Direct competitors are those that speak to a largely overlapping audience. Their offers will mirror your key products or services, and your job is not only to dissect their offer, messaging, and even branding but to identify key differentiators that you can leverage for your business.
Indirect competitors can also be considered alternatives to your offers. They might now have one specific product that matched your catalog perfectly, but they might be an alternative choice depending on many factors. Think Peloton, the at-home exercise bike manufacturer. Even though they are producing bikes, they are a strong alternative for all those at-home exercise enthusiasts that might otherwise invest in more traditional gym equipment. They even compete with a lot of club offers as well!
Pro tip: clip your findings into a document and keep it with the rest of your research. Screenshots can be incredibly useful visual material to revisit over time.
Step 4: pull your data together and organize it
Helps if you visualize it.
You can do it in a simple doc, but you can also put it in a sheet (popular with marketers), a deck, on a whiteboard, an online tool like Miro, or a combination of these (popular with me). Miro has handy templates that can help you organize your notes pretty easily, and you can adjust them further to your needs.
Keep it intuitive. Data needs to have a specific purpose: informative, inspirational, or to provoke further research. From there, you want to start concluding. Remember that it doesn’t have to be all positive. Sometimes, this research points out a mismatch with our intended audience and sends us back to the drawing board, which is perfectly normal. It’s what it’s meant to do.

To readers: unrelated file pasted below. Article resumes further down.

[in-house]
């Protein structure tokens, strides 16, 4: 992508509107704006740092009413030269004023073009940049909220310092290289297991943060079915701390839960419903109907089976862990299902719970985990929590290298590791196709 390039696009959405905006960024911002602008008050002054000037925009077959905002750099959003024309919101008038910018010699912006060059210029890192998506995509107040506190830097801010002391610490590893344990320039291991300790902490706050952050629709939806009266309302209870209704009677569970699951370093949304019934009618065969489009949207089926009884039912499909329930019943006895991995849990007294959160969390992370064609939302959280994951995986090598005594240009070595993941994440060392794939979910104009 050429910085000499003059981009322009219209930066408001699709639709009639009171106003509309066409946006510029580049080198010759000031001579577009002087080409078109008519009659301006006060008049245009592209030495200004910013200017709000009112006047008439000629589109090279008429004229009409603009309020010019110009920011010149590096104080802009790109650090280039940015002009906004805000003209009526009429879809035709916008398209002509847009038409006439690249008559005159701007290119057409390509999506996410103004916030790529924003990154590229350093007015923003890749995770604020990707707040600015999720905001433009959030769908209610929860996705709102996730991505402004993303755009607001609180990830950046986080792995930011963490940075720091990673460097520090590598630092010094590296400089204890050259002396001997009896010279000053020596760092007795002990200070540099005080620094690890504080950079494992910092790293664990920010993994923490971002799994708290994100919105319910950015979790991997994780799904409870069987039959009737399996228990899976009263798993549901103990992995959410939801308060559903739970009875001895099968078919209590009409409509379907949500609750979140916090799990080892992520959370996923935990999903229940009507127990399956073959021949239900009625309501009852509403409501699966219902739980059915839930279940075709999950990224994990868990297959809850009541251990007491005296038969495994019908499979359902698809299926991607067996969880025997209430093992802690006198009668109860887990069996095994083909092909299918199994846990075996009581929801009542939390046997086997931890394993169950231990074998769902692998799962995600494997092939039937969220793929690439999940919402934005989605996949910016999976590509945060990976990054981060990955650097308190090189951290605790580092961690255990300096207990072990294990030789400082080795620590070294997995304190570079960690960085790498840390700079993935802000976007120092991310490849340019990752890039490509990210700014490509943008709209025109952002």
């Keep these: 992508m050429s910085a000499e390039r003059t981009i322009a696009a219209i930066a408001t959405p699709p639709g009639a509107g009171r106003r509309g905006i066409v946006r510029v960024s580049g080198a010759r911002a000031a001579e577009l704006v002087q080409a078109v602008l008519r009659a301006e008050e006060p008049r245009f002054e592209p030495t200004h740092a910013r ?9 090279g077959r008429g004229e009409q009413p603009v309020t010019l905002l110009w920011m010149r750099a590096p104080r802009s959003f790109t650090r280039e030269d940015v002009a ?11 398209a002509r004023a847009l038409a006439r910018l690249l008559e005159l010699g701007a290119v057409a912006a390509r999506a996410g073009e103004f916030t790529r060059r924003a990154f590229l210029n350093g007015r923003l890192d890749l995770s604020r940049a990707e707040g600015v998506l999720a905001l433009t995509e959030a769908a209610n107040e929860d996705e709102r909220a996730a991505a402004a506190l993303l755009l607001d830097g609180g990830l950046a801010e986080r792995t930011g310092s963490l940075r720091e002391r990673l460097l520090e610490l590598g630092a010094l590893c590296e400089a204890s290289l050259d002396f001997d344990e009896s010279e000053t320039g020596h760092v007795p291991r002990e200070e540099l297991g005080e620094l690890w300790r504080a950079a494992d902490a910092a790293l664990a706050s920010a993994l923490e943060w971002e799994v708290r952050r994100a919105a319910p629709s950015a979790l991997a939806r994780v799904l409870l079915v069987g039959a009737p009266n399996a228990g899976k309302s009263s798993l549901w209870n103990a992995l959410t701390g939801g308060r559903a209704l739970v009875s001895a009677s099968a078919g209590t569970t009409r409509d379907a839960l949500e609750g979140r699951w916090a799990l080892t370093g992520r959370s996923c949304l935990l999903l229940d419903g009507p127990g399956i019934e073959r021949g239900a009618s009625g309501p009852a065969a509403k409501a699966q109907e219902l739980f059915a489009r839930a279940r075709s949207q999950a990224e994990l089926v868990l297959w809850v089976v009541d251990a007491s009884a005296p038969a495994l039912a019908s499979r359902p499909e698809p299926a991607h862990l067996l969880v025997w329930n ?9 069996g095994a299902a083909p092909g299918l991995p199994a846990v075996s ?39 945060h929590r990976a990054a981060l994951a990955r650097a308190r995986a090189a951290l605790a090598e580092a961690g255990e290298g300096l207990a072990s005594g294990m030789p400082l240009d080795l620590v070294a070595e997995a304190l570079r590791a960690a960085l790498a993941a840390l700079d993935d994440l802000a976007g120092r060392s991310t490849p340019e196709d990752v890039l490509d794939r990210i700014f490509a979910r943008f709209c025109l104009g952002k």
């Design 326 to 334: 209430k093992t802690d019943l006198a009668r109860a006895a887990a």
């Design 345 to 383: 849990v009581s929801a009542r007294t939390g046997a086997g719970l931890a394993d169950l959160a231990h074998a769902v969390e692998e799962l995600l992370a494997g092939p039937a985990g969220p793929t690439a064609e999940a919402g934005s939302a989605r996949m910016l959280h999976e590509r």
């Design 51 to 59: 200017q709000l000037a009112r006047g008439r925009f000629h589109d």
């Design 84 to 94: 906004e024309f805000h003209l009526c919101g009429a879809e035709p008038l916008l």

Things you’ll want to give a bit more love to:
- Who is your audience based on demographics data
- What your audience likes or dislikes
- Where your audience spends time (social media, gyms, parks)
- Why they chose to spend their time at those places (community, convenience, pricing)
There is no one-single-best way to do this, but placing all your research findings on the left and conclusions on the right wherever possible with help keep your notes and thoughts organized.
Step 5: bonus points - build personas for specific campaigns
Personas are a fun and pretty useful way to narrow down your target audience. B2C and consumer goods absolutely have to have them. For B2B, the benefits can be pretty limited, especially for global companies or digital products, but if your resources allow it, personas can help create high-converting marketing campaigns for niche audiences, as well as build strong objection handling scenarios.
We’ll dig deep in a separate post, so don’t forget to subscribe.
You definitely want personas if you:
- See multiple segments of your target audience that requires separate approaches in sales and marketing
- Plan to run different types of campaigns for them
- Need to define scenarios for your sales teams to help them prepare for handling common objections
As you build these customer avatars, remember to draw all of the data from your audience research, and use the competitor research as an additional source of truth.
And there you have it!
You’ve successfully finalized your target market research and (hopefully) analysis! If you want to learn more about this topic, feel free to let me know.
Oh, and here are some goodies for your research:
USA Demographics Information by Candid (A-mazing resource.)
Worldometer - statistical data aggregator with fresh data about world population
Psychographics and trends
Gartner Reports (one of my favorite free resources)
Other statistics resources:
Statista - statistics and reporting company with a freemium model available
Market Research.com - wide range of free white papers and ebooks
We Are Social - digital marketing reports with juicy social media usage statistics